Fall’s finery

Experts say this fall has already been a banner year for leaf peepers. And locally, the peak is near.

Fall's foliage is in full force in the Capital District.

Fall's foliage is in full force in the Capital District. Photo by Charles Wiff.

— Leaves are big business in New York. By official accounts, the yearly fall foliage fireworks draw billions in tourism dollars. And it is expected this year will offer a sensational season.

Many factors leading up to and during the transition from warm summer to frigid winter could leave leaf peepers – along with some area officials hoping for a surge of revenue – looking at trees with wide-eyed excitement or only a passing glance of disappointment. Mother Nature ultimately gives a gift of bright orange and rosy reds or a palette of dull, muted tones. Sometimes, the leaves fall with hardly a quiver of change.

That has not been the case this year, according to area experts and state officials.

“I was just up in the Adirondacks yesterday, so I had a pretty good glimpse up and down the Northway and up into the mountains, and I think it is a great year, because it is a really gradual shift,” University at Albany College of Arts and Sciences associate professor George Robinson said Thursday, Oct. 3.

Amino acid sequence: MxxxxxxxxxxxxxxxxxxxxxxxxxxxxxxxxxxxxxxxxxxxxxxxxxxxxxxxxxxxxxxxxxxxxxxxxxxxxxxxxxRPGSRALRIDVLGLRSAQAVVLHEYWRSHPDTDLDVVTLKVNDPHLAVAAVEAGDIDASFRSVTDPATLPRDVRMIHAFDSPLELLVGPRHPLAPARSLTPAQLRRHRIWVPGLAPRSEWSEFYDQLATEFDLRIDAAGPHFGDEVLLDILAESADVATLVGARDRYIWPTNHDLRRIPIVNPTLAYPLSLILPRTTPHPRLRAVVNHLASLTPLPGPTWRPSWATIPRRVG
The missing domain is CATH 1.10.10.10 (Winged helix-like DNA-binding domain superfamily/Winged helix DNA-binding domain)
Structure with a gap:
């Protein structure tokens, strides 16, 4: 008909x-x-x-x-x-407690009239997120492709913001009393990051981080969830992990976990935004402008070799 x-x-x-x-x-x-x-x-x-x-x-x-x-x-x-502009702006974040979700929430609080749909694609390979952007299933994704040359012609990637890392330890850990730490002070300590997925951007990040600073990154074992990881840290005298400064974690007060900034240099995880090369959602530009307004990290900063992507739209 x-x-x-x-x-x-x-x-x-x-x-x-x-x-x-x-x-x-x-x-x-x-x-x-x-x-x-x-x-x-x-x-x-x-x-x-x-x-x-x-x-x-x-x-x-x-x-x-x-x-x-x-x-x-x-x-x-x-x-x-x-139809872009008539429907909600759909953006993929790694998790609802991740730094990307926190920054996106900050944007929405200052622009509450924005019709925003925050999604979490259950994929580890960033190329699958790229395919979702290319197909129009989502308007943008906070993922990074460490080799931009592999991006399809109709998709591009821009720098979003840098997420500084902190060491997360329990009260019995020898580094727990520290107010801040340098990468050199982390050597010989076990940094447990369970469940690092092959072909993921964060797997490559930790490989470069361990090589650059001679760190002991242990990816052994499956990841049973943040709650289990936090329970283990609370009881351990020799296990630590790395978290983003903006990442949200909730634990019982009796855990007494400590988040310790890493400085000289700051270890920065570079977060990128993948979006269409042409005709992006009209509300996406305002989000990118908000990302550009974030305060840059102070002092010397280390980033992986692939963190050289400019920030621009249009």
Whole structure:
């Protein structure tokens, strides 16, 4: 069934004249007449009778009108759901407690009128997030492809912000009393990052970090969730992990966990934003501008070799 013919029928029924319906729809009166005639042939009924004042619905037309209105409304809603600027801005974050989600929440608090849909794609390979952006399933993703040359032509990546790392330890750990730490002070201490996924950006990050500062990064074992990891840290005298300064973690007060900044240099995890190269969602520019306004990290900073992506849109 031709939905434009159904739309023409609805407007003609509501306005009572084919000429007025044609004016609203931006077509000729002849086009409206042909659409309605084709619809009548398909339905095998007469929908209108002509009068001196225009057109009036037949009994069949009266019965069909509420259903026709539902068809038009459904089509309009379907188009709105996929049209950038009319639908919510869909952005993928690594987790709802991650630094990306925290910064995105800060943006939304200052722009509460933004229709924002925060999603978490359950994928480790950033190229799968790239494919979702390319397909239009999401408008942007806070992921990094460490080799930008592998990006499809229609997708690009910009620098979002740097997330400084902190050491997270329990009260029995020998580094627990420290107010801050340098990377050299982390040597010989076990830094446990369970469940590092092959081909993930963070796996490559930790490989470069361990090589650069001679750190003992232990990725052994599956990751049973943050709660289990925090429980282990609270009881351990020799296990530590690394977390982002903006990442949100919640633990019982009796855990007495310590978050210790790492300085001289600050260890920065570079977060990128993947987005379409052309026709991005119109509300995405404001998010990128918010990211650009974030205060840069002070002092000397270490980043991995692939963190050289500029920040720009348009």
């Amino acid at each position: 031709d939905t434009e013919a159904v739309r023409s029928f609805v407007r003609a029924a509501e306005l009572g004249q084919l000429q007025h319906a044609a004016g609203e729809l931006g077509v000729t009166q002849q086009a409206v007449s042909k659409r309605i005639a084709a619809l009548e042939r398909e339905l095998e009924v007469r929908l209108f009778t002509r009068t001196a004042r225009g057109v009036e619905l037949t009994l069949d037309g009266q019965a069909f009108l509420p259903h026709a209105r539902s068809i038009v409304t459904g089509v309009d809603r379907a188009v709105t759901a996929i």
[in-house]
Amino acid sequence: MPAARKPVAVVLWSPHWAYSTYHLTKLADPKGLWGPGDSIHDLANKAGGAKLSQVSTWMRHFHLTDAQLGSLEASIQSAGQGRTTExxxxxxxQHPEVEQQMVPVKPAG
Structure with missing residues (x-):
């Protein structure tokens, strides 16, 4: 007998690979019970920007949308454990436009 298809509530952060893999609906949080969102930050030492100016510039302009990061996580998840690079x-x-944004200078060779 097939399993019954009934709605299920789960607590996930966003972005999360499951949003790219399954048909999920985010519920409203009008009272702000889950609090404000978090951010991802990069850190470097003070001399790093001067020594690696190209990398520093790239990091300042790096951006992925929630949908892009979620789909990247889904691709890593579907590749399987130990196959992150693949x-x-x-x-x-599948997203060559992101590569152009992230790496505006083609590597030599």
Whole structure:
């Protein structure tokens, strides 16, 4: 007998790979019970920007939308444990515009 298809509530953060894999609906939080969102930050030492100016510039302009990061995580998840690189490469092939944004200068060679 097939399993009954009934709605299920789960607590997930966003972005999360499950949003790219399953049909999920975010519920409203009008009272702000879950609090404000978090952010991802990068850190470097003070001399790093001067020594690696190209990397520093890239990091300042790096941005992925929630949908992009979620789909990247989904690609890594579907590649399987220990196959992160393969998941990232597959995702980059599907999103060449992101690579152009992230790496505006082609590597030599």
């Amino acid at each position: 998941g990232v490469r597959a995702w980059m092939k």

Peak colors have already come and gone in the mountainous northern part of the state. But in the Capital District, they’re right around the corner.

Robinson, an expert in botany, forest ecology and the science behind fall color, said there is a “real blend” of colors appearing and many trees are midway through the colorful transition.

“You got a nice mix of some green and flaming red and yellow,” Robinson said. “If you like a rich palette, this a great time.”

The science of the colors

A tree’s leaves change color as a result of losing chlorophyll, the chemical trees use to create food from sunlight. As the green chlorophyll goes away, the colors kick in.

When and how quickly leaves change depends on how warm the days and cool the nights are in the fall, according to Peter Constantakes, spokesman for Department of Environmental Conversation. Once temperatures dip too low, the chlorophyll stops working and the green color fades away.

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